However, if none of these instances have occurred or you’ve noticed that your dog is not drinking any water at all, there is definitely a cause for concern. Even if there is nothing medically wrong with your dog, becoming dehydrated can quickly become dangerous. It’s not uncommon for your pet to refuse to drink any water at all if they’re in an unfamiliar place, much like refusing to eat food in the same scenario. Age may also be a factor, as it may take too much effort to get up and have a drink, or their thirst is starting to diminish with their appetite. Stress in general can also definitely play a part, as well as bad experiences associated with drinking water that may have come from a past abusive situation.
However, there are certainly medical reasons why your dog might not be drinking water, including:
- Kidney disease
- Bladder/urinary tract infection
- Injury to the mouth or teeth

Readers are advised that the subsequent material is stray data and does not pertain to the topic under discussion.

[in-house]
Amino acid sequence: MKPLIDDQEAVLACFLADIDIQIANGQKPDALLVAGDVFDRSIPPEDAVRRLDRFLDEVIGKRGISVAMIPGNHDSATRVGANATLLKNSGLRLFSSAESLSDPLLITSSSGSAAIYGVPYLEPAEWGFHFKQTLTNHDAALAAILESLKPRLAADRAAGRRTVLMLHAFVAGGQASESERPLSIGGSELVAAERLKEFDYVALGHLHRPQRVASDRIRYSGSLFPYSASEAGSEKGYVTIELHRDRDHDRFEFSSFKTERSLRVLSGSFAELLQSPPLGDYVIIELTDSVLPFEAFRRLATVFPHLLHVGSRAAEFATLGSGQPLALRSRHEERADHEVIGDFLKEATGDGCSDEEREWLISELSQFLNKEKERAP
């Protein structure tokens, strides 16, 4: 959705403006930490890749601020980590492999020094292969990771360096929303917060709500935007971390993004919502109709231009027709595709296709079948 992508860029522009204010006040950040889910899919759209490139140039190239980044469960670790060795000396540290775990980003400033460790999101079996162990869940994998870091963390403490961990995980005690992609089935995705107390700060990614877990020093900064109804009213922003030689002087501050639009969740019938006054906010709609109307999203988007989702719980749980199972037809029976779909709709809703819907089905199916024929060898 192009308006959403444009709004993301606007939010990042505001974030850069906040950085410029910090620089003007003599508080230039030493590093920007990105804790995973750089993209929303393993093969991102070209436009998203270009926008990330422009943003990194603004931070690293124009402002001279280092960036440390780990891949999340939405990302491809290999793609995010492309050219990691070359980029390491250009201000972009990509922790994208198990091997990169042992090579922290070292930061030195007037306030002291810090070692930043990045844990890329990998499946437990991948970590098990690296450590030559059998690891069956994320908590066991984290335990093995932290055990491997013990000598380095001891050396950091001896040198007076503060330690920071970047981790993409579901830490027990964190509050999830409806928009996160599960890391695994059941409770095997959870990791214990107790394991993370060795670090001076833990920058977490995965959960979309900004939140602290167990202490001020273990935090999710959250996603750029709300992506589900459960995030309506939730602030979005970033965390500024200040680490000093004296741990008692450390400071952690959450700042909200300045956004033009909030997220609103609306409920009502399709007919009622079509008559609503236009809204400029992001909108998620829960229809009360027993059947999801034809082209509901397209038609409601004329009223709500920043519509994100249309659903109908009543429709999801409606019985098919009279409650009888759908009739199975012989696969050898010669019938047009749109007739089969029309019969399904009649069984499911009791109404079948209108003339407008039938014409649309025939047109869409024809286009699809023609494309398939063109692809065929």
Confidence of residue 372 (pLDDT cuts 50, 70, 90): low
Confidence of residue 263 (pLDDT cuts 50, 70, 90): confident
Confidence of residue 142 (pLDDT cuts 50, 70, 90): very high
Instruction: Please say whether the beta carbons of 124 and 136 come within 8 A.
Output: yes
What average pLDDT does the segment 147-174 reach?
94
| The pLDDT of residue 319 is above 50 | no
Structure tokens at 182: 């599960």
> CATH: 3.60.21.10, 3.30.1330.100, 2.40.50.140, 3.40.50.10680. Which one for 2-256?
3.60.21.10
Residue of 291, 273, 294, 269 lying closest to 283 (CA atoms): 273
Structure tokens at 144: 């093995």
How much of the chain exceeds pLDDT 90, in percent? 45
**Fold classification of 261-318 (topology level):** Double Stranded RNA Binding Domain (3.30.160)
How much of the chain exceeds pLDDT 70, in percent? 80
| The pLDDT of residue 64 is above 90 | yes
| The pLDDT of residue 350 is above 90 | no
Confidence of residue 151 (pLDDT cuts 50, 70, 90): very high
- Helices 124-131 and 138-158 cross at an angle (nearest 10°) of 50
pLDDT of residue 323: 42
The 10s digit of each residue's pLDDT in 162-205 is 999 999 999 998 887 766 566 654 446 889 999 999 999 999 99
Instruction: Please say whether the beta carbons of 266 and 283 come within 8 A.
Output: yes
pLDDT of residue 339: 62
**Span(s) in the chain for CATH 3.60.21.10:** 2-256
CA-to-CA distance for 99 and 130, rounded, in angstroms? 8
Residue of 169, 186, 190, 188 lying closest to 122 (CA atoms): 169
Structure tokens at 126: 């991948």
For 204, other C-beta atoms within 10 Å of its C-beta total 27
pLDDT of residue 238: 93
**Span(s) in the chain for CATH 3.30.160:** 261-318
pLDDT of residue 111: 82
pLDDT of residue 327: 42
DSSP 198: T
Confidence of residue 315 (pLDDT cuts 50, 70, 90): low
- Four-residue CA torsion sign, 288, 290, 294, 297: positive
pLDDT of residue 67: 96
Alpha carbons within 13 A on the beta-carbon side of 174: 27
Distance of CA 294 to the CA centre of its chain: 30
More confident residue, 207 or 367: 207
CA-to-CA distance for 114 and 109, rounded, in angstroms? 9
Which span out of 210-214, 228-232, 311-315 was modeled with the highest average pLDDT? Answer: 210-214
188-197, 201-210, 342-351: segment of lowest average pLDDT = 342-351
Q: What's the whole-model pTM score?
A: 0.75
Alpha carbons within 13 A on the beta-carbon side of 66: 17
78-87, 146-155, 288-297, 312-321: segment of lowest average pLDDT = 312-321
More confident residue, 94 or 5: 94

Not drinking enough or any water at all is a serious cause for concern, whether or not there’s a medical reason for it. There are certainly things that you can try before you call your vet, including mixing your dog’s wet food with water, exchanging the water bowl for another (your dog may not like the noise of the current water bowl if it’s made of metal), changing positions of the bowl, and making sure the water is clean. For more information on how much water a puppy should drink in a day, you can find our article here.
They’re Drinking Too Much Water
Yes, your dog can certainly be drinking too much water, and this excessive drinking is referred to as polydipsia. It is often a sign of an underlying disease, and should be taken seriously. You’ll know from your own experiences with your dog how much is normal for them to drink, even if that varies according to the temperature outside or how much exercise they’re getting.
Your dog may also seem like they can’t drink enough water when they go to take some, and are gulping excessively. It’s possible that part of the reason they’re drinking so much water is because they’re losing excess amounts of water, and aren’t able to control their body’s water loss, regardless of the temperature. There may also be excess fluid loss in their urine due to how much they are drinking.
Some possible medical reasons for excessive water drinking or polydipsia include:
- Cushing’s disease
- Kidney failure
- Side effects from medication
- High blood calcium
- Uterine infection
They Won’t Get Up